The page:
See also: the BBC and especially this lovingly detailed article in the Guardian (UK):
Like many other questing spirits who came to age in the mid-60s, he was inspired by taking LSD to create truly daring, other-wordly music - first for the original incarnation of Pink Floyd, then as a solo singer/songwriter - but the drug ended up fatally fracturing his psyche and turning him into a solitary recluse unable to function within the music industry and society in general. The story of his personal meltdown has been told and retold as a cautionary tale for indiscriminate druggies to the point where Barrett's status as rock's most illustrious casualty often threatens to outweigh his actual creative contributions to the form. This is not as it should be.Although I am a fan of Syd Barrett-era Pink Floyd, I think that arguably Syd's finest achievement was the album he recorded after mental illness (combined with daily LSD use) had already begun to take very firm hold of his life.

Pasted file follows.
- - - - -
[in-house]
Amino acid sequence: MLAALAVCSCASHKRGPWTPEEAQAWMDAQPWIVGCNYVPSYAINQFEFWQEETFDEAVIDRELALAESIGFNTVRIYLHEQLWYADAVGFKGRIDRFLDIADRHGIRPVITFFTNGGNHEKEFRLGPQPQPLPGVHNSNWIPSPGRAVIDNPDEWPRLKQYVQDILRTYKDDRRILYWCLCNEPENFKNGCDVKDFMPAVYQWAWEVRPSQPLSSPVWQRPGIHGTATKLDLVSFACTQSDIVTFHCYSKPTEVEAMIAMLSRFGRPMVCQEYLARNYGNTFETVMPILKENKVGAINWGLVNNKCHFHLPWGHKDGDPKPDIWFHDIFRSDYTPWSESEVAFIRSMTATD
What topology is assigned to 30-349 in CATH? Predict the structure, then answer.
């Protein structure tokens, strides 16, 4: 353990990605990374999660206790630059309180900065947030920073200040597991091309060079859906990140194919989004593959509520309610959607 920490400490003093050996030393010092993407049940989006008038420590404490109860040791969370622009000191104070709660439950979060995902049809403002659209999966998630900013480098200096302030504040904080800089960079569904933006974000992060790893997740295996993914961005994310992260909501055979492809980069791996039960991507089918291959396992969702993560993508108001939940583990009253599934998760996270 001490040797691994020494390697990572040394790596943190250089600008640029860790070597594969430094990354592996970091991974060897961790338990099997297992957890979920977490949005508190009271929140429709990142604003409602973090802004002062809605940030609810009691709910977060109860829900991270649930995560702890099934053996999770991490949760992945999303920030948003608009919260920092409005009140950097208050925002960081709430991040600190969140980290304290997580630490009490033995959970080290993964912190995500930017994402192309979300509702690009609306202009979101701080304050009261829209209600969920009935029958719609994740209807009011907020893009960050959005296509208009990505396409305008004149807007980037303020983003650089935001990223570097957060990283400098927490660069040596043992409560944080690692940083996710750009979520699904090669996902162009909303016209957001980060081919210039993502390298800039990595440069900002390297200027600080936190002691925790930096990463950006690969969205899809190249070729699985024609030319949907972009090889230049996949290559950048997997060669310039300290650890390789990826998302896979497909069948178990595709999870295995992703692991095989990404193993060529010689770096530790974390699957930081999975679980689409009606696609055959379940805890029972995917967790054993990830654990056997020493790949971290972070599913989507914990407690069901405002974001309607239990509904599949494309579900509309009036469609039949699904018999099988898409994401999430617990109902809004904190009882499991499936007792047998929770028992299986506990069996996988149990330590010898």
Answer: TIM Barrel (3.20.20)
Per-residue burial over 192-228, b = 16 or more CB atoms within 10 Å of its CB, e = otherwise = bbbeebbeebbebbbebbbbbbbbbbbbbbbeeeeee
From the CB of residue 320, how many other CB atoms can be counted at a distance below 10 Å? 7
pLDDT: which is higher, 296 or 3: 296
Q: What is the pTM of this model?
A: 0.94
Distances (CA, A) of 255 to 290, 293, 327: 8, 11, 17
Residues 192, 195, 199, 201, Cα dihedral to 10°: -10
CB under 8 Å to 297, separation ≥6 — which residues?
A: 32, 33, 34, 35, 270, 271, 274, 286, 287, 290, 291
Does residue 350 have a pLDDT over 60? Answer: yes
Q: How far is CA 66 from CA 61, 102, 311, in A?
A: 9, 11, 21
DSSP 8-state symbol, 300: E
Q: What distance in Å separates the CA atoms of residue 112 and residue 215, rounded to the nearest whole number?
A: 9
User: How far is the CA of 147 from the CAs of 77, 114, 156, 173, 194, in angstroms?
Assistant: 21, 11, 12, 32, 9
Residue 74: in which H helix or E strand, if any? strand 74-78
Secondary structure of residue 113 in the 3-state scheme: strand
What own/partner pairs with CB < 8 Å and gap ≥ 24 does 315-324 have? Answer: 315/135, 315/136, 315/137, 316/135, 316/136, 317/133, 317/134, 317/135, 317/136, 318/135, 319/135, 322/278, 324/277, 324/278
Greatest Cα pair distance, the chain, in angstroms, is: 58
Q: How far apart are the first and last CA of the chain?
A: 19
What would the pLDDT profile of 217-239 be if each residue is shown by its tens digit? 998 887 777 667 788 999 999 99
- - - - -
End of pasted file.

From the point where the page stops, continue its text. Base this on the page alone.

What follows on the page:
This record, The Madcap Laughs, was almost a Pink Floyd album anyway, as Syd had considerable assistance in the studio from Roger Waters and David Gilmour, and was hugely influential on two generations of musicians that followed.